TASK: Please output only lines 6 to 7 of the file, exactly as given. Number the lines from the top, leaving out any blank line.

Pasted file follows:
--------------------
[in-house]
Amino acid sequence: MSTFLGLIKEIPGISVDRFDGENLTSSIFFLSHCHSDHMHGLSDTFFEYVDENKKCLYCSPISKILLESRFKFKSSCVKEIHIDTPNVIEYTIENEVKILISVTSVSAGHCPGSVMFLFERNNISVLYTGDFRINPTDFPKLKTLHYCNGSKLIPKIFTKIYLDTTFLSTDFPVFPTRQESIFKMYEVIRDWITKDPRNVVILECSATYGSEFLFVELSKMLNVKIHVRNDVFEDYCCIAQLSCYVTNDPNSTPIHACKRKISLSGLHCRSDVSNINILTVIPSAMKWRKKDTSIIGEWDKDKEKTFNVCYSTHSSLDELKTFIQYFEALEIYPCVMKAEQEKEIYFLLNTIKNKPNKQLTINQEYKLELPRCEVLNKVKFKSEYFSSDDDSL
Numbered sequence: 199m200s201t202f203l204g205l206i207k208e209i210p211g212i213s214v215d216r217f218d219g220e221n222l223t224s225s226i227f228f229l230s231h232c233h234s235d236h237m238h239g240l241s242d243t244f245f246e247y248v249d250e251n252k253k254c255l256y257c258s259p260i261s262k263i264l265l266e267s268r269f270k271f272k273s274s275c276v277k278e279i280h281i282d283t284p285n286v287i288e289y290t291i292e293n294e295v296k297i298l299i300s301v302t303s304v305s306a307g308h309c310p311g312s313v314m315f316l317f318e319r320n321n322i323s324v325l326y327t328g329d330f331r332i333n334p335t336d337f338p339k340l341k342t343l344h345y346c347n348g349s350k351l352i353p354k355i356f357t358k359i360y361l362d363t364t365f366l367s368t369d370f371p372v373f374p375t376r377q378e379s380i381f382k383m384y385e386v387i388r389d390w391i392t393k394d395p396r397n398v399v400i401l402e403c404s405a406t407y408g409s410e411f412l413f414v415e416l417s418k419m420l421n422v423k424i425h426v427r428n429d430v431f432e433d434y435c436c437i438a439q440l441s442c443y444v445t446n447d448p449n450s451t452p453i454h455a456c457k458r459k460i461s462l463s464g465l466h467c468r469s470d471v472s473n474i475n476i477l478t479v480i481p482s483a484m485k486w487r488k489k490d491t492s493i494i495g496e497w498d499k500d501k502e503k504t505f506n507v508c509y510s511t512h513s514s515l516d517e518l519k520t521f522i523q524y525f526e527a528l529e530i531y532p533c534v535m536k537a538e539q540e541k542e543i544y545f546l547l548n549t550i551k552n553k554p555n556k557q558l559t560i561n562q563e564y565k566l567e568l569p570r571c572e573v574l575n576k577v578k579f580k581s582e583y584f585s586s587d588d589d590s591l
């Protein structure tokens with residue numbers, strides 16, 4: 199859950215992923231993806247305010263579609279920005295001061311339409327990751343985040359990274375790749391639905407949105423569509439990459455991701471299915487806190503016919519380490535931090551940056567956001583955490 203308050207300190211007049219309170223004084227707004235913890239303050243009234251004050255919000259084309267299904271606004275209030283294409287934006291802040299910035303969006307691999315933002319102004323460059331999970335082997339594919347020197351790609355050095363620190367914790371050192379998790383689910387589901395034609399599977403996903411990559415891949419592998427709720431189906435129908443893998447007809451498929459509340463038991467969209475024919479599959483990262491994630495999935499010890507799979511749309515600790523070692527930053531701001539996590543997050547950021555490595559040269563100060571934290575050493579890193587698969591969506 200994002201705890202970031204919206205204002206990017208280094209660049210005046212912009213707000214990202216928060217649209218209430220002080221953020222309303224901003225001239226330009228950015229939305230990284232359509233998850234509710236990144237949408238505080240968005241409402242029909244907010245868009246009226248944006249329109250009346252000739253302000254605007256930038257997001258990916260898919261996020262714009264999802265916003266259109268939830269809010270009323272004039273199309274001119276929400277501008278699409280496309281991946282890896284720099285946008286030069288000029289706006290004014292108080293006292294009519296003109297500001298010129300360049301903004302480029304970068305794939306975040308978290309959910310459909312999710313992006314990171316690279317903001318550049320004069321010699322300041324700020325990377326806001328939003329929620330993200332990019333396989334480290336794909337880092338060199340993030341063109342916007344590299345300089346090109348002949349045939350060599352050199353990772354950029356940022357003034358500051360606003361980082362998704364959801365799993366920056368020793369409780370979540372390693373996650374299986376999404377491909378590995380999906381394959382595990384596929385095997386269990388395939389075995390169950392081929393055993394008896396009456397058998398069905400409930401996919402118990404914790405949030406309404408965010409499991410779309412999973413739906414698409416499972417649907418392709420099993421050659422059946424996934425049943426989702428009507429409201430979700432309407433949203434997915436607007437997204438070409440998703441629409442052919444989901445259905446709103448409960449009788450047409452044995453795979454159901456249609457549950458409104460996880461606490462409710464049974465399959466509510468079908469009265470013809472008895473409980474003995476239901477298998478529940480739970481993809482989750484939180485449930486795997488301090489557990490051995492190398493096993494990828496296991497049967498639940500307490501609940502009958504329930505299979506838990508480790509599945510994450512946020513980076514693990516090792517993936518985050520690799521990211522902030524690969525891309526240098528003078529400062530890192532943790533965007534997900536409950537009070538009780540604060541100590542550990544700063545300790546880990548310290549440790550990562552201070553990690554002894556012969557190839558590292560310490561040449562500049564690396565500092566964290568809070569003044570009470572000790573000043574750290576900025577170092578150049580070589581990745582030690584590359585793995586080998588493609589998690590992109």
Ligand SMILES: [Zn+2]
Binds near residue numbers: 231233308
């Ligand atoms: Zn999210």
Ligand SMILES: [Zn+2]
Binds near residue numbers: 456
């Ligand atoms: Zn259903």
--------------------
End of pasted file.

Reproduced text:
Binds near residue numbers: 231233308
């Ligand atoms: Zn999210």